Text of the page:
Zuma appoints commission to investigate the controversial multi-billion arms deal

CAPE TOWN. South Africa on Tuesday reconstituted the Commission of Inquiry to investigate alleged corruption linked to a multi-billion- dollar arms deal.
Jacob Zuma. Net photo.
Jacob Zuma. Net photo.

CAPE TOWN. South Africa on Tuesday reconstituted the Commission of Inquiry to investigate alleged corruption linked to a multi-billion- dollar arms deal.

“President Zuma has appointed Justice Willie Seriti as the chairperson and Justice Thekiso Musi as a member of the Commission,” the presidency said in a statement.

President Zuma will not replace Judge Francis Legodi who resigned from the Commission of Inquiry into the Strategic Defence Procurement Package.

This means that the commission could continue with only two commissioners, following Legodi’s resignation last week.

“The president remains confident that the commission will successfully complete its work.”

Legodi, a prominent member in the commission, resigned citing confidential personal reasons. His departure is seen as a blow to the commission’s credibility and public trust.

The commission was set up by Zuma in October 2011 to independently probe allegations of fraud, corruption, impropriety or irregularity in the arms deal during the late 1990s.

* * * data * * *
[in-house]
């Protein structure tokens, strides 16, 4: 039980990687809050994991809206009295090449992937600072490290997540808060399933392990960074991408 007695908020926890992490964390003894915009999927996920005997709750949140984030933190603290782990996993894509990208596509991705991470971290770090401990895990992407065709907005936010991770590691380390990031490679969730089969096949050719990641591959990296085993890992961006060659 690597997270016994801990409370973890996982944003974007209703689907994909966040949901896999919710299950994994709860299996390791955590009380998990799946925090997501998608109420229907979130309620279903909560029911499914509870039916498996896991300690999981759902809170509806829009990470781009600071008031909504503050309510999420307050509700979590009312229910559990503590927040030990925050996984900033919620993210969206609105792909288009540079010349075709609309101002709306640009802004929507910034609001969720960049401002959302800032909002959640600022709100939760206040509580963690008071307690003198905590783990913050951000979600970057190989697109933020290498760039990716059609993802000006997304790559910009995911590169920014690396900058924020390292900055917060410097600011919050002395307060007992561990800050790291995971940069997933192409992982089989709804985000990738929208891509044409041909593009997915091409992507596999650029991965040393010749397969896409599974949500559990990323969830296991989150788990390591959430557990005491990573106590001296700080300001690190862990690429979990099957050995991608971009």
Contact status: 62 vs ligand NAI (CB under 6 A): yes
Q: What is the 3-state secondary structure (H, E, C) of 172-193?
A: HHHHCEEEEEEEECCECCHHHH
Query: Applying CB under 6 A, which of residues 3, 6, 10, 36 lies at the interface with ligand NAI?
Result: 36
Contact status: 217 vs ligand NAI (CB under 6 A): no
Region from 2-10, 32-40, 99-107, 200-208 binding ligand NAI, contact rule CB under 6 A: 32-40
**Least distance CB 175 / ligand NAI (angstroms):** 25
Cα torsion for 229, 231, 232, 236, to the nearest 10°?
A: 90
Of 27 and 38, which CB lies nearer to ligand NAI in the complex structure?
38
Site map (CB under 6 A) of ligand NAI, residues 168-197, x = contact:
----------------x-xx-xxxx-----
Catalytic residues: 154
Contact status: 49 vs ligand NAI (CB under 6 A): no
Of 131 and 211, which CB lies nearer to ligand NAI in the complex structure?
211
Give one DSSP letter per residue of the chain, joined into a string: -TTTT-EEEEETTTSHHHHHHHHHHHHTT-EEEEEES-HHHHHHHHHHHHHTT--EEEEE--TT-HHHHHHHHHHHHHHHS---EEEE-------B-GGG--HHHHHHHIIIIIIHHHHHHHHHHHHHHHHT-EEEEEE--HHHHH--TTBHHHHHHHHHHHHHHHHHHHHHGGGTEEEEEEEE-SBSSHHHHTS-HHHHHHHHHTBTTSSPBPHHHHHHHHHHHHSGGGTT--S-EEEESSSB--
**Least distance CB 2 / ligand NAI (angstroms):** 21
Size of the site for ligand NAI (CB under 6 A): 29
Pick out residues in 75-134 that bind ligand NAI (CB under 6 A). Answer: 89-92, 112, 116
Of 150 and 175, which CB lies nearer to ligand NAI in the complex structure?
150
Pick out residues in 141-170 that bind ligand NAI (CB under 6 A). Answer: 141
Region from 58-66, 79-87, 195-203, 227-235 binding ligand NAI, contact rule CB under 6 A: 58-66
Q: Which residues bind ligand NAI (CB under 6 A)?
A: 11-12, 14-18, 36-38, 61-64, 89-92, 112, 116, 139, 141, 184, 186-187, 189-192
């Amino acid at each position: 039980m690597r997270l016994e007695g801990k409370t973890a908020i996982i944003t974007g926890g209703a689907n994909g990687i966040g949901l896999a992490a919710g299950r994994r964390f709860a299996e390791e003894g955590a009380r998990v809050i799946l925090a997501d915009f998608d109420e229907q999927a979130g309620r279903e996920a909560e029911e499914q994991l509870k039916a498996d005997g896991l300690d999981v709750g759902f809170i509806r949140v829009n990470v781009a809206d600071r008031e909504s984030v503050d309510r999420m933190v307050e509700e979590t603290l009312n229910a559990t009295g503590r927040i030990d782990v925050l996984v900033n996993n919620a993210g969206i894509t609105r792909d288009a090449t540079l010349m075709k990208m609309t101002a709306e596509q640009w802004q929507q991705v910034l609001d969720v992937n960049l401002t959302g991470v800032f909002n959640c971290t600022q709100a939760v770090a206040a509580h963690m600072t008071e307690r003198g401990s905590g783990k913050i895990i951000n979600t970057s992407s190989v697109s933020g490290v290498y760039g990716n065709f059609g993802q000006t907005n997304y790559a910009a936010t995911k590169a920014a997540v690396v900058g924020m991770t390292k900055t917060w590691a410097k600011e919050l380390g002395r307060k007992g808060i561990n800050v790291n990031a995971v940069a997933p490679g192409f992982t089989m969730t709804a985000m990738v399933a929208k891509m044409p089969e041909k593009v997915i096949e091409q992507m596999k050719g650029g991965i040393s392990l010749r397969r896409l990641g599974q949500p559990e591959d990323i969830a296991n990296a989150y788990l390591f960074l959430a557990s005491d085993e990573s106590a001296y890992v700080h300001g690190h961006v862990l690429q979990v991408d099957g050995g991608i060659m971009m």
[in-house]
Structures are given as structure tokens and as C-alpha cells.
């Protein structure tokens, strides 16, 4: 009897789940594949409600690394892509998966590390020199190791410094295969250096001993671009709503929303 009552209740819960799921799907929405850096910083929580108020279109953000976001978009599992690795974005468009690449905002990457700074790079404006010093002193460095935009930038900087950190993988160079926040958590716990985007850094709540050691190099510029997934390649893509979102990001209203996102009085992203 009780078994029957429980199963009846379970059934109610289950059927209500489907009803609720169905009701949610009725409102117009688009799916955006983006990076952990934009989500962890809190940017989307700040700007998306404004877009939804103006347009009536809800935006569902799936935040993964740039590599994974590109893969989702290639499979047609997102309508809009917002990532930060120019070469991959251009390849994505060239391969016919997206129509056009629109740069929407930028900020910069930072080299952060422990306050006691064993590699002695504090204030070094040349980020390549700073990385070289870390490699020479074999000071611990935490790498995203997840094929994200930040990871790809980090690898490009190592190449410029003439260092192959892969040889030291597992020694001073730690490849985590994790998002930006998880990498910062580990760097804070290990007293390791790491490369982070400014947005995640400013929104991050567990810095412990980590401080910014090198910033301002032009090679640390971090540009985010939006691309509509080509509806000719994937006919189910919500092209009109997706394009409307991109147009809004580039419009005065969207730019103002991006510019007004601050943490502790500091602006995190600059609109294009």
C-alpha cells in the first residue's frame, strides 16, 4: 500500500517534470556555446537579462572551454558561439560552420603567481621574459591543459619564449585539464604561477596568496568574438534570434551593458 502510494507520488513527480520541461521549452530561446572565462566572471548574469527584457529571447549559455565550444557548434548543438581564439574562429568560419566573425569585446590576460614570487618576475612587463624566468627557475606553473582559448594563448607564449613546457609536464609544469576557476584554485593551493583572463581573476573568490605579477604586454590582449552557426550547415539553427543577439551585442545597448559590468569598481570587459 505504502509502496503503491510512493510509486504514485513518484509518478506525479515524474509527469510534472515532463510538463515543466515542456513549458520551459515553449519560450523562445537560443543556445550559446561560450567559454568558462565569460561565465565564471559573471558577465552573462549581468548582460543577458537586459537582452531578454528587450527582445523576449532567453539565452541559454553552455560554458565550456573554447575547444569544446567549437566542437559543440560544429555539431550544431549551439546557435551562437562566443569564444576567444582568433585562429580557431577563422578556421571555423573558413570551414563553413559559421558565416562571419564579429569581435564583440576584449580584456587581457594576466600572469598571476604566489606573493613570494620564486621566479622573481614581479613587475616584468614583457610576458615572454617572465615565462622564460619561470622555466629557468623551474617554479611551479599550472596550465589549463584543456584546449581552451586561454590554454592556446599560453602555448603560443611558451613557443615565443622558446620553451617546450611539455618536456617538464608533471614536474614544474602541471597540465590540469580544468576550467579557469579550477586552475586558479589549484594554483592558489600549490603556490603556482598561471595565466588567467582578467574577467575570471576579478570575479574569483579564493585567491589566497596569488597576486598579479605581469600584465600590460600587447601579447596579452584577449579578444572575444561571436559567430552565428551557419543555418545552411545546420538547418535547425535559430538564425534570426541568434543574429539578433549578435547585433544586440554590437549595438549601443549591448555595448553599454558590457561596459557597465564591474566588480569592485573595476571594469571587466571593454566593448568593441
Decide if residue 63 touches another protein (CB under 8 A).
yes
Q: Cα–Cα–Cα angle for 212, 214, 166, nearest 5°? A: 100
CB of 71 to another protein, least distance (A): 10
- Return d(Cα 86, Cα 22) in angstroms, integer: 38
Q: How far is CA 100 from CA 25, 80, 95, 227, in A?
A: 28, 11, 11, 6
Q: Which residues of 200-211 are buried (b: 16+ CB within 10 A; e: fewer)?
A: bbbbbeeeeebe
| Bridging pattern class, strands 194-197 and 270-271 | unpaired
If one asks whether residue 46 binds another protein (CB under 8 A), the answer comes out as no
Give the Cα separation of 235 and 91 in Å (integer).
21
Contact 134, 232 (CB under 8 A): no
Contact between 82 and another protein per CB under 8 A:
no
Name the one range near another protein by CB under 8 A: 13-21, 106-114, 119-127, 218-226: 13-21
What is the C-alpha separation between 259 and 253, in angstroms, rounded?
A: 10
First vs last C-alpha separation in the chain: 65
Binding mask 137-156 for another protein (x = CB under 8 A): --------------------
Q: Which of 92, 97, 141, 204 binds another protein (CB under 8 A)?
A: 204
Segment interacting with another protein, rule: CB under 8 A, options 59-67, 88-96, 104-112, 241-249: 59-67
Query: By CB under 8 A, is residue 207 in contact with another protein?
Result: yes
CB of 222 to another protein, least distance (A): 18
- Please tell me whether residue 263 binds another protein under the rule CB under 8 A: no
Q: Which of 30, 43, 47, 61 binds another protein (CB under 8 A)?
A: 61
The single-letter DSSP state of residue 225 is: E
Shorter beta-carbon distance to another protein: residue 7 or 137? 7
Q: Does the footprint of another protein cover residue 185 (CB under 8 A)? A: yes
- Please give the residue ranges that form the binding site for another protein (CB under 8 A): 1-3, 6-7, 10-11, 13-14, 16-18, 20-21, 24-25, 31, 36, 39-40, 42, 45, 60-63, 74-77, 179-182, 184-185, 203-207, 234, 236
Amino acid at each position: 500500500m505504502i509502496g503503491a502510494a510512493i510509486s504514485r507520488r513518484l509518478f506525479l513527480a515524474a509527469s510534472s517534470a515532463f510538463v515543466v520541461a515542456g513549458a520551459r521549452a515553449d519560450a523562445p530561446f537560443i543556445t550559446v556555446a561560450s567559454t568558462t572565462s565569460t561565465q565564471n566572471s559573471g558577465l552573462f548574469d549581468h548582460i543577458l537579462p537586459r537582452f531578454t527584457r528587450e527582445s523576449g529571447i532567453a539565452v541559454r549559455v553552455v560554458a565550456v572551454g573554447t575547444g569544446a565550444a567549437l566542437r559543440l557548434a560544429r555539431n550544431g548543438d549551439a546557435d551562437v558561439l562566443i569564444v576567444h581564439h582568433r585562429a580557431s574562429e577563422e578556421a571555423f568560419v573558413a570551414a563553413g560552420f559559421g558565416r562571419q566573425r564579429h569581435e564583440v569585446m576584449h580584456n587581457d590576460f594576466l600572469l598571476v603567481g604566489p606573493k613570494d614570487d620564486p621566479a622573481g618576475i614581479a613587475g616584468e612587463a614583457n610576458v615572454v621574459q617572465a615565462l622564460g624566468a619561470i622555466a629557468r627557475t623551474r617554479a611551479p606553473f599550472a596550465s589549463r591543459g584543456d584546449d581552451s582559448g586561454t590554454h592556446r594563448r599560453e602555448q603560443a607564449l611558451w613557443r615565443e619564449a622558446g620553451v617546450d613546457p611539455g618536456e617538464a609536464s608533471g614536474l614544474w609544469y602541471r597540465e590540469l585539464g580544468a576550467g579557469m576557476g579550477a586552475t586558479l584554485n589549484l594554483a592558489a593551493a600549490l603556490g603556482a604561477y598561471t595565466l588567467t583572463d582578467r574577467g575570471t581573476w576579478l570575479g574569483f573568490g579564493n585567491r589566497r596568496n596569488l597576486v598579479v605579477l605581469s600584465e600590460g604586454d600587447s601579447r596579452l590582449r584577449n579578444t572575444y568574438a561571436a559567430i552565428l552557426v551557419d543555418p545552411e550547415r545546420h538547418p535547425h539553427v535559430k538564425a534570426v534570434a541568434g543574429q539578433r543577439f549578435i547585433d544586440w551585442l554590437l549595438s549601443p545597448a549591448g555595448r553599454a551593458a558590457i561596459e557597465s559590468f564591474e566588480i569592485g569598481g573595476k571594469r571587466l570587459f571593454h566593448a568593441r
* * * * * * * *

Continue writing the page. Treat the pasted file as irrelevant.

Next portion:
Public hearings were scheduled to get underway in Pretoria on Monday, but were postponed for two weeks.

The commission will investigate six areas, including whether any person or persons within or outside the government may have improperly influenced the awarding or conclusion of any of the contracts in the arms deal procurement process of the 1990s, the government said.

Former President Thabo Mbeki, Planning Minister Trevor Manuel and former Defence Minister Mosiuoa Lekotails are among those who will appear before the commission.

The arms deal, which was initially estimated to cost 43 million rand (about 4.3 million U.S. dollars) escalated to as much as 70 billion rand (about 7 billion dollars) to buy military equipment from Europe, has clouded South Africa’s politics for years. 

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